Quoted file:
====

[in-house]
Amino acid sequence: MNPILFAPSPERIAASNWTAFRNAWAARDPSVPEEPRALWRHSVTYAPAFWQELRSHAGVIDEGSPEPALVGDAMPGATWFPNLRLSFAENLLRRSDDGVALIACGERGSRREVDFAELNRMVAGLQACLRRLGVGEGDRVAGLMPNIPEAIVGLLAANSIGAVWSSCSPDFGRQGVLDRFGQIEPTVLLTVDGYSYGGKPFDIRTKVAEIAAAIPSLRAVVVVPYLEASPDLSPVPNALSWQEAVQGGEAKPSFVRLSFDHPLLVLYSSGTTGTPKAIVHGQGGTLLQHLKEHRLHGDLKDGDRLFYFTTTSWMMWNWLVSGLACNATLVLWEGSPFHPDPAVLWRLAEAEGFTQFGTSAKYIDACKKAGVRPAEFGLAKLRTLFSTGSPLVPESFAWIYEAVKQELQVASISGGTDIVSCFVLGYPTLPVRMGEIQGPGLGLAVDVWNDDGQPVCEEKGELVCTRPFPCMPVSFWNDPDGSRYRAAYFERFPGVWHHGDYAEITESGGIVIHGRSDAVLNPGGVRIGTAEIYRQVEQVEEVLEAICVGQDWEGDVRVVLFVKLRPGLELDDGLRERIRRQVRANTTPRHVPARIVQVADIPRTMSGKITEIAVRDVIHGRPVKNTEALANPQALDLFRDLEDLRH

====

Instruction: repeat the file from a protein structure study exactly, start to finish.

[in-house]
Amino acid sequence: MNPILFAPSPERIAASNWTAFRNAWAARDPSVPEEPRALWRHSVTYAPAFWQELRSHAGVIDEGSPEPALVGDAMPGATWFPNLRLSFAENLLRRSDDGVALIACGERGSRREVDFAELNRMVAGLQACLRRLGVGEGDRVAGLMPNIPEAIVGLLAANSIGAVWSSCSPDFGRQGVLDRFGQIEPTVLLTVDGYSYGGKPFDIRTKVAEIAAAIPSLRAVVVVPYLEASPDLSPVPNALSWQEAVQGGEAKPSFVRLSFDHPLLVLYSSGTTGTPKAIVHGQGGTLLQHLKEHRLHGDLKDGDRLFYFTTTSWMMWNWLVSGLACNATLVLWEGSPFHPDPAVLWRLAEAEGFTQFGTSAKYIDACKKAGVRPAEFGLAKLRTLFSTGSPLVPESFAWIYEAVKQELQVASISGGTDIVSCFVLGYPTLPVRMGEIQGPGLGLAVDVWNDDGQPVCEEKGELVCTRPFPCMPVSFWNDPDGSRYRAAYFERFPGVWHHGDYAEITESGGIVIHGRSDAVLNPGGVRIGTAEIYRQVEQVEEVLEAICVGQDWEGDVRVVLFVKLRPGLELDDGLRERIRRQVRANTTPRHVPARIVQVADIPRTMSGKITEIAVRDVIHGRPVKNTEALANPQALDLFRDLEDLRH